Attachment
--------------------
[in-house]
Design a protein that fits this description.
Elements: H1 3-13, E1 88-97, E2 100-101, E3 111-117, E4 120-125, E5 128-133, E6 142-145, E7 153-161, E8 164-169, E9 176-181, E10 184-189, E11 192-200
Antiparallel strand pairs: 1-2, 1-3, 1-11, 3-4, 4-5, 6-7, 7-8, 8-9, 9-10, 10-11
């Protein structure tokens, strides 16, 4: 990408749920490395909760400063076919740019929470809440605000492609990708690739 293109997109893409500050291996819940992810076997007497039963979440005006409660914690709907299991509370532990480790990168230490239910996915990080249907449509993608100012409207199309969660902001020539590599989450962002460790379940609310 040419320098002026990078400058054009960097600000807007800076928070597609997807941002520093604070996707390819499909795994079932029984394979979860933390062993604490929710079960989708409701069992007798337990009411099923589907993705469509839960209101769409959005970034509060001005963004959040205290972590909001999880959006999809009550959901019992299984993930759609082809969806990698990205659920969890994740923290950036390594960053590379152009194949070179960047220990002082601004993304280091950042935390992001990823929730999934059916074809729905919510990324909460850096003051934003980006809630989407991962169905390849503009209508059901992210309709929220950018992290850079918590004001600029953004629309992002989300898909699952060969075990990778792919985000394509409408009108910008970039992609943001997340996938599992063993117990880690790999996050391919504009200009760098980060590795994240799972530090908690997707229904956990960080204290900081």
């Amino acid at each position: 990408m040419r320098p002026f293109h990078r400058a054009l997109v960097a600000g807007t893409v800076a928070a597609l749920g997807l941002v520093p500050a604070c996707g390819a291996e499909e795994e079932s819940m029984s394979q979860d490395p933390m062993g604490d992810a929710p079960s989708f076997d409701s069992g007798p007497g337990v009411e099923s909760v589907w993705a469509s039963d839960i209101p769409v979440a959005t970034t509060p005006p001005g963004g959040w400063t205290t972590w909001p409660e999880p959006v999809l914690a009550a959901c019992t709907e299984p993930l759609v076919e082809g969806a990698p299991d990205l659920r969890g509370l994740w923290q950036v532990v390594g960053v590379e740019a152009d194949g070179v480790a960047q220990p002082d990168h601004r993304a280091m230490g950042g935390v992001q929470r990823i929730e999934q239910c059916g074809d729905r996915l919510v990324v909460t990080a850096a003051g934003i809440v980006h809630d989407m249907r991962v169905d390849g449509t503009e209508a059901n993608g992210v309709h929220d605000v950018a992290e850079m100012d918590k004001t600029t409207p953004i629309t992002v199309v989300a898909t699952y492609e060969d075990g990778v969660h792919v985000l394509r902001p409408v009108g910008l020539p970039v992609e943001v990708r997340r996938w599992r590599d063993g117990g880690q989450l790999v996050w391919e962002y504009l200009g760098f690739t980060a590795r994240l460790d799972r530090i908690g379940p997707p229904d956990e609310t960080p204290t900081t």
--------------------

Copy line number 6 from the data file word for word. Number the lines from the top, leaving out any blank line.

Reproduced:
């Amino acid at each position: 990408m040419r320098p002026f293109h990078r400058a054009l997109v960097a600000g807007t893409v800076a928070a597609l749920g997807l941002v520093p500050a604070c996707g390819a291996e499909e795994e079932s819940m029984s394979q979860d490395p933390m062993g604490d992810a929710p079960s989708f076997d409701s069992g007798p007497g337990v009411e099923s909760v589907w993705a469509s039963d839960i209101p769409v979440a959005t970034t509060p005006p001005g963004g959040w400063t205290t972590w909001p409660e999880p959006v999809l914690a009550a959901c019992t709907e299984p993930l759609v076919e082809g969806a990698p299991d990205l659920r969890g509370l994740w923290q950036v532990v390594g960053v590379e740019a152009d194949g070179v480790a960047q220990p002082d990168h601004r993304a280091m230490g950042g935390v992001q929470r990823i929730e999934q239910c059916g074809d729905r996915l919510v990324v909460t990080a850096a003051g934003i809440v980006h809630d989407m249907r991962v169905d390849g449509t503009e209508a059901n993608g992210v309709h929220d605000v950018a992290e850079m100012d918590k004001t600029t409207p953004i629309t992002v199309v989300a898909t699952y492609e060969d075990g990778v969660h792919v985000l394509r902001p409408v009108g910008l020539p970039v992609e943001v990708r997340r996938w599992r590599d063993g117990g880690q989450l790999v996050w391919e962002y504009l200009g760098f690739t980060a590795r994240l460790d799972r530090i908690g379940p997707p229904d956990e609310t960080p204290t900081t």